The truth matters. The Russia thing is real, whether it links directly to Trump or not, as intelligence officials say he is at minimum an unwitting participant in the meddling. In fact, General Barry McCaffrey, the most decorated retired four star general said this weekend that the President is a “serious threat to national security,” based on his adoring view of Putin.

On the taxes comment, we just reduced taxes with this lie laying groundwork. We are increasing our debt by $1.5 trillion to try to make a pretty good economy even better. On the health care subsidies, this lie covered for a change that will increase our debt by $10 billion meaning it impacts taxpayers as well as non-subsidized premium payers, not insurers.

Our problems are complex and they are hard enough to solve when we deal with the truth. When our leader lies and others support his lies, solving problems become even harder. The truth matters. And, with respect to his many alleged affairs and sexual misconduct, I would bet on the women’s stories as being more true than his defense.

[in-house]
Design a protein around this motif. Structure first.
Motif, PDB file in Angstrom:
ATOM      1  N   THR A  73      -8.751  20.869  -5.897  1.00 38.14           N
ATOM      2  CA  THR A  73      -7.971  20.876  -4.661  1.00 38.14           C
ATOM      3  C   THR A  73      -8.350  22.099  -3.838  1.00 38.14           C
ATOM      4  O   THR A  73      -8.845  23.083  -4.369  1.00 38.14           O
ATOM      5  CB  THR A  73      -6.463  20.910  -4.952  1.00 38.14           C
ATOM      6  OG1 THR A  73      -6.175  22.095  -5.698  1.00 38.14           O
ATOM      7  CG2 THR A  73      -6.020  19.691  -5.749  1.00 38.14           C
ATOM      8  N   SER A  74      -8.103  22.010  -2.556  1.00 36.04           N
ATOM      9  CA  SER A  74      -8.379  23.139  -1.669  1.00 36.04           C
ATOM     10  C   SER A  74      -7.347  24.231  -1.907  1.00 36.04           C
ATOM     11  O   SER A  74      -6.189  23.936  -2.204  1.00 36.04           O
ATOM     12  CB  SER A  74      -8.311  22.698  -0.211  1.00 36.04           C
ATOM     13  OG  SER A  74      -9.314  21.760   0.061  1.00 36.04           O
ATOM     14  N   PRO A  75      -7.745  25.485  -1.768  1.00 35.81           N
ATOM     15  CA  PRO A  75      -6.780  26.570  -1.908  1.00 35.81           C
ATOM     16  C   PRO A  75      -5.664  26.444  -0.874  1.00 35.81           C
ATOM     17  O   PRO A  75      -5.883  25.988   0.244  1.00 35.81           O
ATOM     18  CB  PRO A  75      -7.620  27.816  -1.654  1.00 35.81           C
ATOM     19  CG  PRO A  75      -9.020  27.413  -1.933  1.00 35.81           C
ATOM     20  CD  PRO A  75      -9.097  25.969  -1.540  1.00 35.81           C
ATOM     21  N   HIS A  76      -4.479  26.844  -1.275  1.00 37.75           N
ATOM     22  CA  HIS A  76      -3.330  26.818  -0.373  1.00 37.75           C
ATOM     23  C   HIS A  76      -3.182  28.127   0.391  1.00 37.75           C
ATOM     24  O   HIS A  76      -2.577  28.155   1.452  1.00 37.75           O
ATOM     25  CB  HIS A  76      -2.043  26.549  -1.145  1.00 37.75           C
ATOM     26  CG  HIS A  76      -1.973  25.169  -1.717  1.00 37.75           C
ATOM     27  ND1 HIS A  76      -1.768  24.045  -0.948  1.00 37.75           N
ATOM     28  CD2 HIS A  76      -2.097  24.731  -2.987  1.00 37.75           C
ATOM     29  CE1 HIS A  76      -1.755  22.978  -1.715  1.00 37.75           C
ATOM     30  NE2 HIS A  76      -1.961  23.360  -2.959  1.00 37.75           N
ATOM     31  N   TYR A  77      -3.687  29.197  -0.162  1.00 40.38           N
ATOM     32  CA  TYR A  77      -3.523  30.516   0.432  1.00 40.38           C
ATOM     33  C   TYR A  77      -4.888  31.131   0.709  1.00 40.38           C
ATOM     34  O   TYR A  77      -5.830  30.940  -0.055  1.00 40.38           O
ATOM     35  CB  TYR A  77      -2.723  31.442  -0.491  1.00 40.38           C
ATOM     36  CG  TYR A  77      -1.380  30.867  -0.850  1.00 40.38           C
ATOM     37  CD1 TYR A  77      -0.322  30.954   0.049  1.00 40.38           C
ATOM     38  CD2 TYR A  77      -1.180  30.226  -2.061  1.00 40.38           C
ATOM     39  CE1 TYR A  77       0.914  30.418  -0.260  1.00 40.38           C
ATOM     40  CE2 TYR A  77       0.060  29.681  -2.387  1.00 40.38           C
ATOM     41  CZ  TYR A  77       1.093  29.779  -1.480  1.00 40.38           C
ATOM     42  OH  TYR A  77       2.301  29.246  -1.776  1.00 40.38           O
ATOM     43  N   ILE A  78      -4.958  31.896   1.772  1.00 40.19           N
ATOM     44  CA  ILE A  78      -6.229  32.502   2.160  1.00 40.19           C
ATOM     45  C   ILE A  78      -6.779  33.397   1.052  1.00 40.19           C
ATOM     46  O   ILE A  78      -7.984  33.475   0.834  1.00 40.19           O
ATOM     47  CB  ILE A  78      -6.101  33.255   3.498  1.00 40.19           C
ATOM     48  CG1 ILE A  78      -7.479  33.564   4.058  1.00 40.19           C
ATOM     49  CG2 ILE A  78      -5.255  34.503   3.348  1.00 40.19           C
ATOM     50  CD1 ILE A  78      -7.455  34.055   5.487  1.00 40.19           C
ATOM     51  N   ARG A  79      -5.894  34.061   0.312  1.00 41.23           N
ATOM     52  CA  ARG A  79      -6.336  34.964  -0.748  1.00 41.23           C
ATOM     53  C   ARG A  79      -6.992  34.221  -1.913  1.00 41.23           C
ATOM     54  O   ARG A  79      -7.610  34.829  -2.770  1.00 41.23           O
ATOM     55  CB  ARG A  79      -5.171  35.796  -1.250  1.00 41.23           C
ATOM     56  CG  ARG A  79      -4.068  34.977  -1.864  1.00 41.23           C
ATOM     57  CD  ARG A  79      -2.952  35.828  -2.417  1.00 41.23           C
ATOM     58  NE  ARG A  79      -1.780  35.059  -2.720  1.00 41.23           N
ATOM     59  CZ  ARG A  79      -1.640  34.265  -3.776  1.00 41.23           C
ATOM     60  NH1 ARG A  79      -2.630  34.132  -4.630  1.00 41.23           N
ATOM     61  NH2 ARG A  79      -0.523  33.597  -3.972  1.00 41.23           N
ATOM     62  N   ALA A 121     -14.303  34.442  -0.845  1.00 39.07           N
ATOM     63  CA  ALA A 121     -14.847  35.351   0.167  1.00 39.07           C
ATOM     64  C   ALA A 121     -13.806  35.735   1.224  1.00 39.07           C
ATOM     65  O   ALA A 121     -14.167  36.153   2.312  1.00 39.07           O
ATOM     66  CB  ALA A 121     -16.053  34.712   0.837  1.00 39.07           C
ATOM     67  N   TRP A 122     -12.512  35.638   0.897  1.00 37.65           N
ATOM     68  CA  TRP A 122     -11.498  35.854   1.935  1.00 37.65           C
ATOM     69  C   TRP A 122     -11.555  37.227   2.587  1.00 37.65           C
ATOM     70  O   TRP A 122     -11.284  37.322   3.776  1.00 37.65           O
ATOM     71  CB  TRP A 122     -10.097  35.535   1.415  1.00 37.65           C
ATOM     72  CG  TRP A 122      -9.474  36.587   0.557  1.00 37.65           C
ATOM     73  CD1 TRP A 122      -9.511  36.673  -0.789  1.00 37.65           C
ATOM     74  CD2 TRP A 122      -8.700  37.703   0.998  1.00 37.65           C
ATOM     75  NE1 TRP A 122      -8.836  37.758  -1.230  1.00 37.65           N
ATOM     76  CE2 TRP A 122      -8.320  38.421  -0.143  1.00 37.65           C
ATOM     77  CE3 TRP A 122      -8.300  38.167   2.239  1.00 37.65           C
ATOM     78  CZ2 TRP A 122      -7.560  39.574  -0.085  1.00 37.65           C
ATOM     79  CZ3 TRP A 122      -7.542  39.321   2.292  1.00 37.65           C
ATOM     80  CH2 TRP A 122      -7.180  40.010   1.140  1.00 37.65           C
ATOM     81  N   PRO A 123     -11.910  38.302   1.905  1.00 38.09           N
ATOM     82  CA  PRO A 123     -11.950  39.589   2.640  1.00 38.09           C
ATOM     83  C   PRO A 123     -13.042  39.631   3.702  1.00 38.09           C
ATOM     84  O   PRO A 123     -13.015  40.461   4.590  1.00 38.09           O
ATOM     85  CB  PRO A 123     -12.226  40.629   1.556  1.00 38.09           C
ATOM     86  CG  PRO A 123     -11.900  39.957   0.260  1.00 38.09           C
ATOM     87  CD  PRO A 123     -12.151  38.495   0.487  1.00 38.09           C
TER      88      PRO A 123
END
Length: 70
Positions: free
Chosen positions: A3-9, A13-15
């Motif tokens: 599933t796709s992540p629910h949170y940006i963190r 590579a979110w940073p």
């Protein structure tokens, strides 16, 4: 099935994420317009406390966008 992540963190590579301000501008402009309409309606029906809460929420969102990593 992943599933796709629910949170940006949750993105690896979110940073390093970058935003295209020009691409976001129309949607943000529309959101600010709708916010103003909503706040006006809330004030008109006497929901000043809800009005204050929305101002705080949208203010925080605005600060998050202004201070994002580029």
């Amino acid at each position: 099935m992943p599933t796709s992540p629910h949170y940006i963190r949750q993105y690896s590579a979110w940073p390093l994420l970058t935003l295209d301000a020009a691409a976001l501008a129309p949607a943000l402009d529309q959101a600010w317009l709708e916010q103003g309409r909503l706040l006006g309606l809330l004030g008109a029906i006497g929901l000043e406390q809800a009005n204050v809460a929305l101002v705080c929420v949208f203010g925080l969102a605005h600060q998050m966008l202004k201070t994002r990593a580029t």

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Sustainability

Sustainability is an underappreciated word. It is essential to most aspects of life, such as exercise, relationships, saving, or business or governmental decisions.

Beginning with exercise as an example, you need to start out like you can put out. Think what you are trying to accomplish and do sustainable exercises. I used to jog often, but my efforts would wane and I would need to start again.

Now, I exercise daily after I shower for about fifteen minutes altering the routines each day. They are a series of Yoga, Pilates, isometrics and light weightlifting. I balance that with 2 to 3 mile walks or hikes and yard work. My goal at age 59 is to be flexible and toned able to get around on my own for the rest of my life.